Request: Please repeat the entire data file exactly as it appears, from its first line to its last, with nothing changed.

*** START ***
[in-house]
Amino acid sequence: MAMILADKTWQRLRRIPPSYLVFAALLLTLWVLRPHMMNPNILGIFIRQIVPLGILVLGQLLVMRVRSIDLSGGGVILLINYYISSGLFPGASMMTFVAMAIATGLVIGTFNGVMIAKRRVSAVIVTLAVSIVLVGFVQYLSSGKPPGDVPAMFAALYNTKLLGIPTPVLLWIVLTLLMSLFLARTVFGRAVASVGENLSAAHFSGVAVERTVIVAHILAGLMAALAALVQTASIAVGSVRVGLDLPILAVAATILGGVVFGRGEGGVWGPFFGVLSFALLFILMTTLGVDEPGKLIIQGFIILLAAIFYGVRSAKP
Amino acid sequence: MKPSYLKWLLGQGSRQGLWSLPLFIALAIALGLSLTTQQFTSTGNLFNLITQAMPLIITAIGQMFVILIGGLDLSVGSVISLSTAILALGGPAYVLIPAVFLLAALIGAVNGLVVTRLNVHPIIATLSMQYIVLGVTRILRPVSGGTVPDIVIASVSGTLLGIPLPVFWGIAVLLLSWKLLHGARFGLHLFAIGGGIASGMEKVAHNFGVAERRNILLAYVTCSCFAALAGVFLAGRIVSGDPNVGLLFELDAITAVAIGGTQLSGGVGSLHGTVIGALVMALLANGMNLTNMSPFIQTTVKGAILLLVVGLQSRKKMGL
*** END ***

[in-house]
Amino acid sequence: MAMILADKTWQRLRRIPPSYLVFAALLLTLWVLRPHMMNPNILGIFIRQIVPLGILVLGQLLVMRVRSIDLSGGGVILLINYYISSGLFPGASMMTFVAMAIATGLVIGTFNGVMIAKRRVSAVIVTLAVSIVLVGFVQYLSSGKPPGDVPAMFAALYNTKLLGIPTPVLLWIVLTLLMSLFLARTVFGRAVASVGENLSAAHFSGVAVERTVIVAHILAGLMAALAALVQTASIAVGSVRVGLDLPILAVAATILGGVVFGRGEGGVWGPFFGVLSFALLFILMTTLGVDEPGKLIIQGFIILLAAIFYGVRSAKP
Amino acid sequence: MKPSYLKWLLGQGSRQGLWSLPLFIALAIALGLSLTTQQFTSTGNLFNLITQAMPLIITAIGQMFVILIGGLDLSVGSVISLSTAILALGGPAYVLIPAVFLLAALIGAVNGLVVTRLNVHPIIATLSMQYIVLGVTRILRPVSGGTVPDIVIASVSGTLLGIPLPVFWGIAVLLLSWKLLHGARFGLHLFAIGGGIASGMEKVAHNFGVAERRNILLAYVTCSCFAALAGVFLAGRIVSGDPNVGLLFELDAITAVAIGGTQLSGGVGSLHGTVIGALVMALLANGMNLTNMSPFIQTTVKGAILLLVVGLQSRKKMGL